The meaning of Jazz Cartier’s Fleurever is rooted in duality. In the two years since his sophomore mixtape, Hotel Paranoia, the artist has had to “[battle] the balances of love and money, risks and rewards, right and wrong, or living and dying”, alongside coming to terms with the throes of wealth and fame. Subsequently Fleurever—or, as he calls it, his “third project”—explores Cartier’s personal growth in the years following. With his newfound maturity in tow, Toronto’s rising rap star is on course to start a music revolution—well, that’s the idea anyway. Georgie caught up with Cartier to talk about gratitude, the rapper’s personal transformation, and the driving force behind Fleurever. G—Can you tell us a bit about your latest album Fleurever and the inspiration behind it? JC—Most of the inspiration came from growth, and a bit from my departure from Toronto. A lot of the record was made in my last days in Toronto, and just having that cloud over my head and knowing that I’d be leaving soon—it was more so showing my affection for the city that pretty much shaped my sound. G—Did you have a vision in mind when you started writing this album? JC—For the most part Fleurever is just myself and my
When asked to describe herself in three words, Nina Nesbitt didn’t hesitate. “Introverted, creative, and driven”. While you wouldn’t guess the former from her edgy, empowering tracks—her latest single “Loyal To Me” is a girl-power anthem, rallying women to ditch their unfaithful partners—the latter two can’t be questioned. In the six years since she was discovered in an unplanned encounter with Ed Sheeran, Nesbitt has released three EPs and one full length album; toured with Sheeran, Justin Bieber, and U.K rapper Example; and carved her way into the alt-pop scene with a harmonious blend of groove and grit. Earlier this year, the Edinborough-native was one of three emerging female artists chosen to partake in Spotify’s “Louder Together” initiative, recording the first collaborative Spotify single (“Psychopath”) with Sasha Sloan and Charlotte Lawrence, and showcasing her signature style of thoughtful messages pulsating atop hook-driven melodies. With her sophomore album ready to drop, Georgie spoke with Nesbitt about her experience being thrust into the spotlight and maintaining her creative independence throughout it all. G—You’ve been touring a lot this year, specifically in North America. How have your North American audiences been receiving your shows? Is it different than performing for UK audiences?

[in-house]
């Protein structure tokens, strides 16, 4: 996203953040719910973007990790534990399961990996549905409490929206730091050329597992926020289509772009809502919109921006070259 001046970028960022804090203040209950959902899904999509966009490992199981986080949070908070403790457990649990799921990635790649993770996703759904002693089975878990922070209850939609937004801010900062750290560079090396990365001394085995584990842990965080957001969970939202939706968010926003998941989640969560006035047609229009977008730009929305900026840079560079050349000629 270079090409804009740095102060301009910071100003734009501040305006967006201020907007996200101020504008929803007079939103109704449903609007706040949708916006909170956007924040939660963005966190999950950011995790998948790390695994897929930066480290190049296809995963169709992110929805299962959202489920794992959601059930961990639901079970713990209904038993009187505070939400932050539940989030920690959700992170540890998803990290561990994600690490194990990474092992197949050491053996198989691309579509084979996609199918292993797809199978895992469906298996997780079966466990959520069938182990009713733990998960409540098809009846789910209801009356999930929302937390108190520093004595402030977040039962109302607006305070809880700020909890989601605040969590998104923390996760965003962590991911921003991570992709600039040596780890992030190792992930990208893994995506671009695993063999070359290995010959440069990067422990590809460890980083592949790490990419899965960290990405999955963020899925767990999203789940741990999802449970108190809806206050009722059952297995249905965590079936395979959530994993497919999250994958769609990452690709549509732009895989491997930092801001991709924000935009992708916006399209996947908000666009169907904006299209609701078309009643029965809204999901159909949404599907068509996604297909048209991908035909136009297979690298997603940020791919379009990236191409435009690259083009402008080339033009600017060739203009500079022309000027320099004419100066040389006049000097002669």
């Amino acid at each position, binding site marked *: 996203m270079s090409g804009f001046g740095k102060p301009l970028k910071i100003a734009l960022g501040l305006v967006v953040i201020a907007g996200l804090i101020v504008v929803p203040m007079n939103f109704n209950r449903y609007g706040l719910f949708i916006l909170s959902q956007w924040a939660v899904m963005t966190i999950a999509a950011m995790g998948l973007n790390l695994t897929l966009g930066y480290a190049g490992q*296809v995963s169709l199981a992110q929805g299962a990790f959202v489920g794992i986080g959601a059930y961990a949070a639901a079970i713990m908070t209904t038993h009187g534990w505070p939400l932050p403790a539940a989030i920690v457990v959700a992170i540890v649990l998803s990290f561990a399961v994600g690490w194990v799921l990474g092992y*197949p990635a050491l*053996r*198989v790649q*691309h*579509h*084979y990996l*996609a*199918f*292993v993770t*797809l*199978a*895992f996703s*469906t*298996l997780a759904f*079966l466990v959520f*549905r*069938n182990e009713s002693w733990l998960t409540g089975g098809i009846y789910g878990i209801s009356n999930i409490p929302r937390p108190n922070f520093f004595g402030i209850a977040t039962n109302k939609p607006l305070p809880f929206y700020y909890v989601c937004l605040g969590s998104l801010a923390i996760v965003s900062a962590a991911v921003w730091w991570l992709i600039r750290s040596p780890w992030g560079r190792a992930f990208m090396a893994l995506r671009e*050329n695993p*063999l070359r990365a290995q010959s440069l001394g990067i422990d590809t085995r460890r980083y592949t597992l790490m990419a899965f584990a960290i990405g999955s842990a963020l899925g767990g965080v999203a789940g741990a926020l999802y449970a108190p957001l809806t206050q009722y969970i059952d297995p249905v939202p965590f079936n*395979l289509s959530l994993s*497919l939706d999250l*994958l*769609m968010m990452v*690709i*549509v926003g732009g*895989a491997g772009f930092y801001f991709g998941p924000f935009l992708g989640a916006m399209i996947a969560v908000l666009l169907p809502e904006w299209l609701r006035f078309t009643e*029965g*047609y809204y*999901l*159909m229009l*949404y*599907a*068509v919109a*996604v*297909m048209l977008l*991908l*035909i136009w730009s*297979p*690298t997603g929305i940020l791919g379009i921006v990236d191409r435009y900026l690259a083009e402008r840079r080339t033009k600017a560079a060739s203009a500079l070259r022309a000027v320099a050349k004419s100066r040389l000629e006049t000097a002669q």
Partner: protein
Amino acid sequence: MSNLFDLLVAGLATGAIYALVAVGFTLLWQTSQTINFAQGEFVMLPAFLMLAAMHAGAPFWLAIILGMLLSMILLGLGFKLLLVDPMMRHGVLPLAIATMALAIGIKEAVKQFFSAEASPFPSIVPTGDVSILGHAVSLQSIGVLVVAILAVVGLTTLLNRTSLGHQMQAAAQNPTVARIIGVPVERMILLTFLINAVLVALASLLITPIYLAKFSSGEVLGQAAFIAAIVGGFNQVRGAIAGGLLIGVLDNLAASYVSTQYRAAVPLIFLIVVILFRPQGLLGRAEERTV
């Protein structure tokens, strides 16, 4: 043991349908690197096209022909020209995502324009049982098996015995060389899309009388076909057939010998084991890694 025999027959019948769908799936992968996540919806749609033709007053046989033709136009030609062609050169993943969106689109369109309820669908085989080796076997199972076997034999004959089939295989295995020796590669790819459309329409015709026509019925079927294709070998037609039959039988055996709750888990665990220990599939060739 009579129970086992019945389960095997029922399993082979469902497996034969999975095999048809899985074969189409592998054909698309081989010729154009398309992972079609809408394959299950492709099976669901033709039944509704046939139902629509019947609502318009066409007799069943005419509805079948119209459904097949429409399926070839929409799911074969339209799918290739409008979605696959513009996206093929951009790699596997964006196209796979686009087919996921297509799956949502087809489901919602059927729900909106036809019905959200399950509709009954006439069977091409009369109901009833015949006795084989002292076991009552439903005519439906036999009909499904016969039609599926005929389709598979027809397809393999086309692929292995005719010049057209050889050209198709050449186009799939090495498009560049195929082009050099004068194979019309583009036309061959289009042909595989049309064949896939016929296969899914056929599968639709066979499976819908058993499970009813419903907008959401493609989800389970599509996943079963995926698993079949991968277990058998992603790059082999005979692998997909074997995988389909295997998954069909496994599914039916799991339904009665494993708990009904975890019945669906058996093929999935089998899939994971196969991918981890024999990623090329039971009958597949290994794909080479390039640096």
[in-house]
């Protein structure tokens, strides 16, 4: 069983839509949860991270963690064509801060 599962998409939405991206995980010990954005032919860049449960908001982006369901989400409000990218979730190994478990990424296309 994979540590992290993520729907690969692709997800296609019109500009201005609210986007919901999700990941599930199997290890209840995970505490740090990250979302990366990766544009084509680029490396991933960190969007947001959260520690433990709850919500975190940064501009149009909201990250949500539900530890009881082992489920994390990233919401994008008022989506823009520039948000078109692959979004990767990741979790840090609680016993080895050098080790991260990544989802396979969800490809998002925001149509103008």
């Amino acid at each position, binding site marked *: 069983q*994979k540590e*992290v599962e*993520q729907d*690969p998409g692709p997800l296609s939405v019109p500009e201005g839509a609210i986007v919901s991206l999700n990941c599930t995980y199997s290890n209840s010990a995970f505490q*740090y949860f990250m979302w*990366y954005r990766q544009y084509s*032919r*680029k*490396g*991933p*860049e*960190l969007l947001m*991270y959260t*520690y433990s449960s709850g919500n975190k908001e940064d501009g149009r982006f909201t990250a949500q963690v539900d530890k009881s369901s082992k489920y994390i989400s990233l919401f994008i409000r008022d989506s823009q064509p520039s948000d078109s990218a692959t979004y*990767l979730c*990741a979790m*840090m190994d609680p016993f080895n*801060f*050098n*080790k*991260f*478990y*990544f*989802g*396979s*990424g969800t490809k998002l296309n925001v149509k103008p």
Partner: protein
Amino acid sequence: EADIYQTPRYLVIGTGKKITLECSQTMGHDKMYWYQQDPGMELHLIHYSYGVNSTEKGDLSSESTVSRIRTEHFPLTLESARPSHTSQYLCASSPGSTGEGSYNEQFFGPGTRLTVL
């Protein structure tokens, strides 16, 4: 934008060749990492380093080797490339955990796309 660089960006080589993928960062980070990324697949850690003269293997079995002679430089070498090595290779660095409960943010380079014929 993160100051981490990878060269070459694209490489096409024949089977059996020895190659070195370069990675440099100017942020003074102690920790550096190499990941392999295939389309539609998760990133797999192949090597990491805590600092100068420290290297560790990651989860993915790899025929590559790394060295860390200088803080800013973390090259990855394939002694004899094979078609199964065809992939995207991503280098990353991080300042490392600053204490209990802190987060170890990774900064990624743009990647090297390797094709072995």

Named for the Toronto area they grew up in, The Beaches are a far cry from a placid day on the lake. Led by singer/bassist Jordan Miller—with her sister and guitarist Kylie Miller, guitarist/keyboardist Leandra Earl and drummer Eliza Enman-McDaniel—the Canadian four-piece burst out of Toronto with their 2018 debut, Late Show, and have since built up an aura of dissident swagger. Taking home this year’s Juno for Breakthrough Group of the Year, the all-fem rock quartet is bringing grunge, gloss, and 70s glamour to a predominantly male genre. Georgie caught up with Leandra to talk about the band’s latest music video, taking charge of their music, and three simple ways to keep women in the industry. G—Did you grow up together in Toronto? LE—Yeah, I met the girls in high school. Jordan and Kylie are sisters, so they’ve known each other a bit longer, but they grew up with Eliza in Toronto’s Beaches area. G—What kind of music were you listening to at that time? LE—We grew up listening to all of the music our parents listened to. That definitely influenced us while writing our debut album since we drew from a lot of the 70’s music that our